Greenbelt, Maryland – U.S. District Judge Paul W. Grimm sentenced Luis Antonio Cruz-Hernandez, a/k/a “Paniquiado “, age 27, of Silver Spring, Maryland to 51 years in federal prison, followed by five years of supervised release for conspiracy to use interstate commerce facilities in the commission of a murder for hire, interference with interstate commerce by robbery, and the use of a firearm in furtherance of a crime of violence. Judge Grimm has also ordered Cruz-Hernandez to pay over $250,000 in restitution.
The sentence was announced by United States Attorney for the District of Maryland Erek L. Barron; Special Agent in Charge Thomas J. Sobocinski of the Federal Bureau of Investigation, Baltimore Field Office; Postal Inspector in Charge Daniel A. Adame of the U.S. Postal Inspection Service – Washington Division; and Chief Malik Aziz of the Prince George’s County Police Department.
According to his plea agreement, Cruz-Hernandez is a member of the La Mara Salvatrucha gang, also known as “MS-13”, an international criminal organization and criminal enterprise. Specifically, Cruz-Hernandez was a member and associate of the Pinos Locotes Salvatrucha (“PLS”) clique of MS-13. MS-13 is a gang composed primarily of immigrants or descendants of immigrants from El Salvador, with members operating in the State of Maryland, including Montgomery County, Prince George’s County, and Frederick County, and throughout the United States. In Maryland and elsewhere MS-13 members are organized in “cliques,” smaller groups that operate in a specific city of region. MS-13 members are required to commit acts of violence, both to maintain membership and discipline within the gang and against rival gangs. One of the principal rules of MS-13 is that its members must attack and kill rivals, known as “chavalas,” whenever possible.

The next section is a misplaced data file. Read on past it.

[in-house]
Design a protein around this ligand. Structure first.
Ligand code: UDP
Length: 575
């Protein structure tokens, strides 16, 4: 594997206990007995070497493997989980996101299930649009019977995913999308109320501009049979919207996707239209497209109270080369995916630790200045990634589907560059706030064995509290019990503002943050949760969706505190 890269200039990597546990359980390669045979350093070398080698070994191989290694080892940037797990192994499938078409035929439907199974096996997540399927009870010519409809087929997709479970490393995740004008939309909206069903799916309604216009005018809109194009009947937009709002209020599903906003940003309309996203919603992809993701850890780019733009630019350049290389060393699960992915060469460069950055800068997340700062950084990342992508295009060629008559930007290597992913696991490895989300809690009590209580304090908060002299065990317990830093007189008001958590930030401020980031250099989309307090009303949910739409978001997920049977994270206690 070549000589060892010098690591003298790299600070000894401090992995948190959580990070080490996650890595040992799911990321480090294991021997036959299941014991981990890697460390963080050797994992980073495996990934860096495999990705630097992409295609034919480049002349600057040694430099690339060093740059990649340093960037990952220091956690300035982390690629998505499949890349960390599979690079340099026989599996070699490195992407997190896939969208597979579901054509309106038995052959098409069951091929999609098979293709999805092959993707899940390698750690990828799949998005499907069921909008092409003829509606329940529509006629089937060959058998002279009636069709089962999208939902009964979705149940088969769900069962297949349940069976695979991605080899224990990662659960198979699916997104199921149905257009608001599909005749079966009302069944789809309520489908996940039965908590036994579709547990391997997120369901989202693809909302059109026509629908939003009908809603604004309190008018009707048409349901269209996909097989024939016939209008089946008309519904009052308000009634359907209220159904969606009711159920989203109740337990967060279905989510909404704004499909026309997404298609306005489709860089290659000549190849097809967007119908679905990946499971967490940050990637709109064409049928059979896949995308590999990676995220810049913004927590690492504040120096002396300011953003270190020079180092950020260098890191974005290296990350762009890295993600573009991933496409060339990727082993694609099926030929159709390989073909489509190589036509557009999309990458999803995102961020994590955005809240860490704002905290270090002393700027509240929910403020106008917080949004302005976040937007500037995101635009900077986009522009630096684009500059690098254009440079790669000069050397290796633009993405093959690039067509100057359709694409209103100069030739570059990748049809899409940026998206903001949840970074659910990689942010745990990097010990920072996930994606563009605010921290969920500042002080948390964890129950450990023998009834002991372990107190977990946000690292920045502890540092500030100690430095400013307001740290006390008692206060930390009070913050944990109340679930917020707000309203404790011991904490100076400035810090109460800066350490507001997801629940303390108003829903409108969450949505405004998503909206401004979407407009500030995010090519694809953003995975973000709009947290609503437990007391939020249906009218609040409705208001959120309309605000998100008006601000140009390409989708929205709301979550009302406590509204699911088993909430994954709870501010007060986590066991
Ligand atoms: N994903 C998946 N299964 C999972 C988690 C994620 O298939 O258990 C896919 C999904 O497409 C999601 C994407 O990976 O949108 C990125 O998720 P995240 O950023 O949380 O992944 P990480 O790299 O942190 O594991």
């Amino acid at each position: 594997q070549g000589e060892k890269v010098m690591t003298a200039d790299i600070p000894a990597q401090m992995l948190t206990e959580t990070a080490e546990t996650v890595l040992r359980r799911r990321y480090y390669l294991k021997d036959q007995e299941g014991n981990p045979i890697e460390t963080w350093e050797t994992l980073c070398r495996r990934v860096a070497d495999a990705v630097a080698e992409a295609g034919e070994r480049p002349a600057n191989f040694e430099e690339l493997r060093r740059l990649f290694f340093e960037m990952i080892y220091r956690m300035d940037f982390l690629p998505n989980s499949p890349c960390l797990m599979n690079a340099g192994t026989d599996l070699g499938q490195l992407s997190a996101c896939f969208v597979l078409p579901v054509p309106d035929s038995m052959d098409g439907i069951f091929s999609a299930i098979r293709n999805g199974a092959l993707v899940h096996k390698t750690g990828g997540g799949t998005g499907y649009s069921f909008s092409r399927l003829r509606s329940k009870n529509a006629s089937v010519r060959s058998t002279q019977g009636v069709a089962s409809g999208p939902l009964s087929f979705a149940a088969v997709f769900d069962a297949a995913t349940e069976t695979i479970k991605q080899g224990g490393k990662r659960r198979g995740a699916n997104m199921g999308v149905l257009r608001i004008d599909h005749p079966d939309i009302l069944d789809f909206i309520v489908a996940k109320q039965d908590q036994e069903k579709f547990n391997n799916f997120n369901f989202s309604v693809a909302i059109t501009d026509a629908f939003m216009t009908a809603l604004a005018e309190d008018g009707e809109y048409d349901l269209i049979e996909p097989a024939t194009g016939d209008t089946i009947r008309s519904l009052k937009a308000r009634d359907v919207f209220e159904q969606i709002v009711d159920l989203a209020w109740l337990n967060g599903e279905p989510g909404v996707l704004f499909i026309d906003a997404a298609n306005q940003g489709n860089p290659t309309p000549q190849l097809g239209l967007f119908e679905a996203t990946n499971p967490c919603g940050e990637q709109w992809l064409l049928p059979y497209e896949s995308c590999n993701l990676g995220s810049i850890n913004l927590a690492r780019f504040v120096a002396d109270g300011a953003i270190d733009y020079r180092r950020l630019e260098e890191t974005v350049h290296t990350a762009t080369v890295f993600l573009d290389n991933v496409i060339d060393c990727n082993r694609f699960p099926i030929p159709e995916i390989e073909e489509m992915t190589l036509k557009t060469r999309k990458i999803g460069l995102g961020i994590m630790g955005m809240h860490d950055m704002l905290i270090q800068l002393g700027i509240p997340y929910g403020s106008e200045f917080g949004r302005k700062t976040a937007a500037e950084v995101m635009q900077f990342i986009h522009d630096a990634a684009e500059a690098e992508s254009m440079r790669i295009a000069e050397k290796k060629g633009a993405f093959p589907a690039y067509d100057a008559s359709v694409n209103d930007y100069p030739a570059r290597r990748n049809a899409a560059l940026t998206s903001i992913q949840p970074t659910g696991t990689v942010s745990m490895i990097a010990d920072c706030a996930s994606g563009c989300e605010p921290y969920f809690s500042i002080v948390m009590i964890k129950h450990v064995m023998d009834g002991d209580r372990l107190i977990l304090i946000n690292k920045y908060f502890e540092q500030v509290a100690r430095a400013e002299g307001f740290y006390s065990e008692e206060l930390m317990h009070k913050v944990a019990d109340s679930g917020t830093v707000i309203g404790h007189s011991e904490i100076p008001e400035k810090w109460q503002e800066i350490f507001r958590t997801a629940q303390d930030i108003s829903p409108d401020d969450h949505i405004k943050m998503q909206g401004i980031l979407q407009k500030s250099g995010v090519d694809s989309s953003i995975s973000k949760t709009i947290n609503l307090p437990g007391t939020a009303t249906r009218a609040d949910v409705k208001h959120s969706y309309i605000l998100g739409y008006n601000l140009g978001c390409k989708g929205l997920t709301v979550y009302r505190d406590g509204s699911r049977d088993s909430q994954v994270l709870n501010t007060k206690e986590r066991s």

In November 2016, a PLS clique member was hired to murder someone in exchange for money, and Cruz-Hernandez was directed to assist with the murder. Between November 20, 2016 and November 30, 2016, Cruz-Hernandez conspired with others to murder the victim in return for monetary payment from two individuals (Co-conspirator 1 and Co-conspirator 2). Cruz-Hernandez understood Co-conspirator 1 to be the person paying to have Victim 1 murdered and understood Co-conspirator 2 to be the middle-man between Co-conspirator 1 and a PLS clique member.
Over the course of the conspiracy, Co-conspirator 1 and Co-conspirator 2 paid for a hotel room located in the vicinity of the victim’s residence, for Cruz-Hernandez, and other conspirators, including the clique member to use. Further, Cruz-Hernandez and other conspirators conducted surveillance of the victim in order to determine the most opportune time to murder him.
As stated in his plea agreement, on November 30, 2016, Co-conspirator 2 drove Cruz-Hernandez and the clique member to an area in the vicinity of the victim’s residence. The clique member then exited the vehicle and shot and killed the victim. After the murder, the clique member was paid for the murder of the victim and gave a portion of the payment to Cruz-Hernandez.
Facilities of commerce utilized as part of the conspiracy to murder the victim in return for monetary payment included the vehicle used to conduct physical surveillance and to murder the victim, and cell phones used by conspirators to communicate and facilitate the murder.
Additionally, Cruz-Hernandez pled guilty in relation to seven of armed robberies in the eastern district of Virginia and Maryland between June 2017 and November 2017. These robberies occurred at the direction of a PLS clique member and resulted in the loss of more than $250,000 to victim businesses.
United States Attorney Erek L. Barron praised the FBI, the U.S. Postal Inspection Service, the Prince George’s County Police Department, the Fairfax County Police Department (Virginia) and the Herndon Police Department (Virginia) for their work in the investigation. Mr. Barron thanked Assistant U.S. Attorney William D. Moomau, who prosecuted the case.
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